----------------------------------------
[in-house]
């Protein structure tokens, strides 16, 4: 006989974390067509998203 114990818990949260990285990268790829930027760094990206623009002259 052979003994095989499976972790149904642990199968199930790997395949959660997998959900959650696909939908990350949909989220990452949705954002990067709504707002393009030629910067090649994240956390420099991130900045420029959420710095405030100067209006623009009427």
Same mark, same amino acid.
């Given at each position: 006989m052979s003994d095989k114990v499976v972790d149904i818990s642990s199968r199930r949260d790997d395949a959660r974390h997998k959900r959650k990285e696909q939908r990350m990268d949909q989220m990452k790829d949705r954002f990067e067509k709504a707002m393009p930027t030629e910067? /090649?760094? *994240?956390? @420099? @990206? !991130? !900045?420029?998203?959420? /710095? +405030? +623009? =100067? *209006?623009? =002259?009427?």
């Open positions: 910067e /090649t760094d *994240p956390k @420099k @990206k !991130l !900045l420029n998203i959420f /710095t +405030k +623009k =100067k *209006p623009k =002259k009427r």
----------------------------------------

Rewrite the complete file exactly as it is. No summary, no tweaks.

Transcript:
[in-house]
């Protein structure tokens, strides 16, 4: 006989974390067509998203 114990818990949260990285990268790829930027760094990206623009002259 052979003994095989499976972790149904642990199968199930790997395949959660997998959900959650696909939908990350949909989220990452949705954002990067709504707002393009030629910067090649994240956390420099991130900045420029959420710095405030100067209006623009009427």
Same mark, same amino acid.
């Given at each position: 006989m052979s003994d095989k114990v499976v972790d149904i818990s642990s199968r199930r949260d790997d395949a959660r974390h997998k959900r959650k990285e696909q939908r990350m990268d949909q989220m990452k790829d949705r954002f990067e067509k709504a707002m393009p930027t030629e910067? /090649?760094? *994240?956390? @420099? @990206? !991130? !900045?420029?998203?959420? /710095? +405030? +623009? =100067? *209006?623009? =002259?009427?």
């Open positions: 910067e /090649t760094d *994240p956390k @420099k @990206k !991130l !900045l420029n998203i959420f /710095t +405030k +623009k =100067k *209006p623009k =002259k009427r």